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Boehm v. American Falcon Corp. Download as PDF Back to Opinions page MAINE SUPREME JUDICIAL COURT Reporter of Decisions Decision: 1999 ME 16 Docket: WCB-98-75 Argued: January 7, 1999 Decided: January 26, 1999 Panel: CLIFFORD, RUDMAN, DANA, SAUFLEY, and CALKINS, JJ.
VICTORIA BOEHM v. AMERICAN FALCON CORPORATION AND REDLAND INSURANCE CO.
RUDMAN, J. [¶1] American Falcon Corp. appeals from a decision of the Workers' Compensation Board granting the employee's petition for award of specific loss benefits pursuant to 39-A M.R.S.A. § 212(3) (Supp. 1998). American contends that, because specific loss benefits, like incapacity benefits, are compensation for lost earnings, the employer should be entitled to offset the award of specific loss benefit by the amount of incapacity benefits already paid to the employee. We agree and vacate the decision of the Board. [¶2] The facts are not in dispute. Victoria Boehm suffered a work- injury on December 28, 1995, resulting in the loss of the fourth finger of her right hand. American voluntarily paid total incapacity benefits between December 1995 and July 1996. Boehm returned to work for a different employer in August 1996 and was paid partial benefits at varying rates until her compensation was finally discontinued in April 1997. [¶3] Boehm filed a petition for specific loss benefits with the Board in 1997. The Board granted the petition and awarded sixteen weeks of specific loss benefits pursuant to Paragraph 212(3)(E). We granted American's petition for appellate review pursuant to 39-A M.R.S.A. § 322 (Supp. 1998). [¶4] Section 212 provides, in pertinent part:
§ 212. Compensation for total incapacity 1. Total incapacity. While the incapacity for work resulting from the injury is total, the employer shall pay the injured employee a weekly compensation equal to 80% of the employee's after-tax average weekly wage, but not more than the maximum benefit under section 211. Compensation must be paid for the duration of the incapacity. . . . . 3. Specific loss benefits. In cases included in the following schedule, the incapacity is considered to continue for the period specified, and the compensation due is 80% of the after-tax average weekly wage subject to the maximum benefit set in section 211. Compensation under this subsection is available only for the actual loss of the following: . . . . E. Fourth finger, 16 weeks. . . . .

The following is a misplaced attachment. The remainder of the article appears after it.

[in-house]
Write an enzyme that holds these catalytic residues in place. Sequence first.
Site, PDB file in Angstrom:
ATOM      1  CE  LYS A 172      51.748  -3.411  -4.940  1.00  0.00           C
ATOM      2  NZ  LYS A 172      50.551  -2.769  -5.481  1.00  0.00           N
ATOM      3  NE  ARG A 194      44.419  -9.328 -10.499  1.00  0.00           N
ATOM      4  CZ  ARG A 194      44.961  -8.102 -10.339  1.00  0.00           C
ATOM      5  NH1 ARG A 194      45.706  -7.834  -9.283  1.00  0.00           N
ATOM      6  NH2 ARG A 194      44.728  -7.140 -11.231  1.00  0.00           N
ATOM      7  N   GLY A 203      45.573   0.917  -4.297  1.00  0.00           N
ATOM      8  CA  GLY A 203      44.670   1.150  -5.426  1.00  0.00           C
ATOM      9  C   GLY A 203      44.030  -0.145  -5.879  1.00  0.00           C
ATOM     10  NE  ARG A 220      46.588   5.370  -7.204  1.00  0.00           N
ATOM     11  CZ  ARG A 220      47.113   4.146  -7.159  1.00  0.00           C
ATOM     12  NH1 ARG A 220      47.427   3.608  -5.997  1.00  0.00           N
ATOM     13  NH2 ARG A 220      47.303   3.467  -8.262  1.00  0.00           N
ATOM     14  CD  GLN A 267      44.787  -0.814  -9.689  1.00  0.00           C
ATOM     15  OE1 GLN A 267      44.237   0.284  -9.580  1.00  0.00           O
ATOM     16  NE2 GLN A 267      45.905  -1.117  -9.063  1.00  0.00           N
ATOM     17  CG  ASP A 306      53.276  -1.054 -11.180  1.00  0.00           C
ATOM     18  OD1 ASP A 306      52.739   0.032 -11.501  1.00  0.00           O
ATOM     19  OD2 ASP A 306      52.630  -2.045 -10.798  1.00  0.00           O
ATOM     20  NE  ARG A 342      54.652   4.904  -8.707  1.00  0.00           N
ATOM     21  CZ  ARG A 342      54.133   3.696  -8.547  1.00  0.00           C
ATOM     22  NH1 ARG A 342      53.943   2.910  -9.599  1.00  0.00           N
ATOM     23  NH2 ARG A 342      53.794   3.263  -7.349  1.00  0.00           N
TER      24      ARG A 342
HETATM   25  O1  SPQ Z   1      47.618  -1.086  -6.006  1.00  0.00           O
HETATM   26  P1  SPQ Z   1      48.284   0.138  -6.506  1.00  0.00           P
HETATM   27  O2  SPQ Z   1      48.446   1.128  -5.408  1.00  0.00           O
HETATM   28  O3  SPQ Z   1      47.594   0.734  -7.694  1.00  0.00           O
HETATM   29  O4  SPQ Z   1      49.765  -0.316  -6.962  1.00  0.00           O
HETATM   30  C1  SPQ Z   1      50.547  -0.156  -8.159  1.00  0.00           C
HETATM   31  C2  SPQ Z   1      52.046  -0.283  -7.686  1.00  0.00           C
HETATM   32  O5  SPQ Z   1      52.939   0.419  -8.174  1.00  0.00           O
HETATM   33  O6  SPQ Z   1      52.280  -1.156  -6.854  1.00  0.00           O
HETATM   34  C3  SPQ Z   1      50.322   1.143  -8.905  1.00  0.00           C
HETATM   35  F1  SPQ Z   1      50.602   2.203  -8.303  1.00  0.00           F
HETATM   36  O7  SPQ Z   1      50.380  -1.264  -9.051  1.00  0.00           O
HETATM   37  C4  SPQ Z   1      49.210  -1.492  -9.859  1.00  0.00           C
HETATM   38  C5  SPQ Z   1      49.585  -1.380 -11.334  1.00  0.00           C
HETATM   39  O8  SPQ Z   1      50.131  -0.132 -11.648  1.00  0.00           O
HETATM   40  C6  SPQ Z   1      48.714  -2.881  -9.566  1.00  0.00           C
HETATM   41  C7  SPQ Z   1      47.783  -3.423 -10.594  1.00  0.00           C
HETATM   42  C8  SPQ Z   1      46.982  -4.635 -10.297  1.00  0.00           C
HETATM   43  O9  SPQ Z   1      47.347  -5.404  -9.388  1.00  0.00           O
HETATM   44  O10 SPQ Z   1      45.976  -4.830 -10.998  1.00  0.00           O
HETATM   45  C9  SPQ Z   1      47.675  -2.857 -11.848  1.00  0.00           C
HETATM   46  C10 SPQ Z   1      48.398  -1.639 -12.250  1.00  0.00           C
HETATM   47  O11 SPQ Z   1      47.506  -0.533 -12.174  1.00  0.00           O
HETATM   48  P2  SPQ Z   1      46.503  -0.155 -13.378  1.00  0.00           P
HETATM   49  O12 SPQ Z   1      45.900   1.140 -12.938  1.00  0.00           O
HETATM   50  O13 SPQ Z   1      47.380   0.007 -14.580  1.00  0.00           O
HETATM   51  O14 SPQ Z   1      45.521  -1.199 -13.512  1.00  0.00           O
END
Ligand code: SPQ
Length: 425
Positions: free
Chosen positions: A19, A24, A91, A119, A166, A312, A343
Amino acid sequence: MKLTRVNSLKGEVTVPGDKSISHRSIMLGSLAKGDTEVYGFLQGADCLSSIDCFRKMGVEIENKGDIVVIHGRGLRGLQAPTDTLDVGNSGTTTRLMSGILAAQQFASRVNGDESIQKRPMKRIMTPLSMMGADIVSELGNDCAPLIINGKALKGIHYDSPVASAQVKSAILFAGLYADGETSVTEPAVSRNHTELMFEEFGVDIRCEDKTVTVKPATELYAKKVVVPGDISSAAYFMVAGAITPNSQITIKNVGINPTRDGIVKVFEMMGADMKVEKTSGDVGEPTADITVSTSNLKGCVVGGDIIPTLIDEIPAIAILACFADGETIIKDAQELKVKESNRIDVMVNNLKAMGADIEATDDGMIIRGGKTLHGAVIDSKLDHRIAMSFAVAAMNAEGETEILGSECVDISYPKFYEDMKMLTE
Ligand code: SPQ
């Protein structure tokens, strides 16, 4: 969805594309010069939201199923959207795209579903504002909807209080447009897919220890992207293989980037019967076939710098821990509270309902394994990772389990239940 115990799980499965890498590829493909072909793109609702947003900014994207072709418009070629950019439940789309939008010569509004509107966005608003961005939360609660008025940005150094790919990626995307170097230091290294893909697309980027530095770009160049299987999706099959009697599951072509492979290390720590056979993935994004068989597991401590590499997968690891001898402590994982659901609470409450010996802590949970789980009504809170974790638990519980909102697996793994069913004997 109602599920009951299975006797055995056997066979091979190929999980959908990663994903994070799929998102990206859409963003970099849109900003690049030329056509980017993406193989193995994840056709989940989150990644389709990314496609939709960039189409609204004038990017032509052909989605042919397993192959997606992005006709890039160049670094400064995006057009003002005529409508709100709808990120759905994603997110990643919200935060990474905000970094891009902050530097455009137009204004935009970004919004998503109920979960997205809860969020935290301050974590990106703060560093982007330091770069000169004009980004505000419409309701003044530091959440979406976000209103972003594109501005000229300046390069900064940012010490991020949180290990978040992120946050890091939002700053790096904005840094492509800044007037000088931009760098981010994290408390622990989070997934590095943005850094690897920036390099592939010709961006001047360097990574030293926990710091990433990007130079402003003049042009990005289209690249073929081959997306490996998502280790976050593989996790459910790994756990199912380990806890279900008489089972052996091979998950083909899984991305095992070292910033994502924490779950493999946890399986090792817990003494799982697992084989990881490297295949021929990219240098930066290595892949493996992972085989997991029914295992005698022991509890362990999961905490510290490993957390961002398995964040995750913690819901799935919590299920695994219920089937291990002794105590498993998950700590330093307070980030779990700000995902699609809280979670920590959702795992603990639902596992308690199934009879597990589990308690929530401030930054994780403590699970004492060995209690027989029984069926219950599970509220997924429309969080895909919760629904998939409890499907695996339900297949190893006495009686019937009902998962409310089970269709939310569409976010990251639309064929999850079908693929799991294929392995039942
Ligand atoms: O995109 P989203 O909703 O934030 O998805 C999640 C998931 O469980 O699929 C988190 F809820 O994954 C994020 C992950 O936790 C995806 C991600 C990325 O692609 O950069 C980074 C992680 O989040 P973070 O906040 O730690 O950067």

39-A M.R.S.A. § 212. [¶5] We recently noted: "'Schedule' or 'specific loss' benefits are not new. Maine has expressly provided some form of schedule benefits since the original enactment of the Workers' Compensation Act in 1915." Tracy v. Hershey Creamery Co., 1998 ME 247, ¶ 5, 720 A.2d 579, 580 (citing P.L. 1915, ch. 295, § 14). Prior to 1965, because both permanent impairment and incapacity benefits were intended to compensate employees for lost earning capacity, employees were prohibited from receiving concurrent permanent impairment and incapacity compensation. See id.; Campbell v. Bates Fabrics, Inc., 422 A.2d 1014, 1015, n. 5 (Me. 1980). [¶6] In 1965, former section 56 was amended to provide that permanent impairment benefits could be awarded "in addition to" benefits for incapacity. P.L. 1965, ch. 408, § 5. See e.g., 39 M.R.S.A. § 56 (Pamph. 1986), repealed and replaced by P.L. 1987, ch. 559, Pt. B, § 31 (emphasis added) ("Compensation under this section is in addition to any compensation under section 54-B [total incapacity] or 55-B [partial incapacity] received by the employee"). After 1965 permanent impairment benefits were regarded as something different from ordinary wage loss benefits. As we stated in Delorge v. NKL Tanning, Inc., 578 A.2d 1173, 1174 (Me. 1990), "[s]ince 1965 the award of permanent impairment has no relation to work incapacity or wage replacement. Rather it is based on the loss of function of part of the body due to work-related injury" (emphasis added). [¶7] In order to reduce workers' compensation costs, generally, former section 56-B was amended in 1991 to expressly permit an offset of incapacity benefits against benefits for permanent impairment. P.L. 1991, ch. 615, § D-8, codified at 39 M.R.S.A. § 56-B (Supp. 1992) (effective for injuries occurring after October 17, 1991 and before January 1, 1993). The amended permanent impairment statute provided: "Compensation under this section is reduced by any compensation under section 54-B [total incapacity] or 55-B [partial incapacity] received by the employee." Id. [¶8] Boehm contends that the failure to include this latter sentence in subsection 3 indicates a legislative intent not to permit an offset. We disagree. The statutory language that authorized in 1965 concurrent payment of wage loss benefits and permanent impairment benefits was the phrase "in addition to." The more specific language added to the statute in 1991, providing that permanent impairment benefits shall be "reduced by" incapacity benefits. was intended to undo the phrase "in addition to." Because the new statute contains neither the phrase "in addition to" prohibiting an offset, or the "reduced by" language, we interpret the specific loss provision in the same way as we interpreted the pre-1965 law, i.e., to allow an offset. [¶9] More importantly, the new Act, title 39-A, has abolished permanent impairment benefits. See Clark v. International Paper Co., 638 A.2d 65, 67 (Me. 1994). The clear purpose of schedule benefits pursuant to the new Act is to create a presumptive incapacity benefit for the loss of, or injury to, specific body parts. Employers since 1991 have been permitted to reduce specific loss benefits by the amount of incapacity benefits paid to the employee, even when specific loss benefits were, at that time, considered compensation for loss of bodily function. The former statute never permitted a duplicative recovery of incapacity benefits and we see nothing in the express language or purpose of title 39-A to allow a duplicative recovery of specific loss and incapacity benefits. [¶10] The only provision in the Act suggesting a distinction between "specific loss" benefits and other incapacity benefits is 39-A M.R.S.A. § 221(1) (Supp. 1998). Section 221 addresses the "coordination of benefits," i.e., the ability of an employer to offset workers' compensation payments by payments made to other nonworkers' compensation benefit plans, e.g. social security, pension, wage continuation plans, etc. Id. Pursuant to section 221 specific loss benefits are not subject to coordination. Id. Section 221 provides, in pertinent part: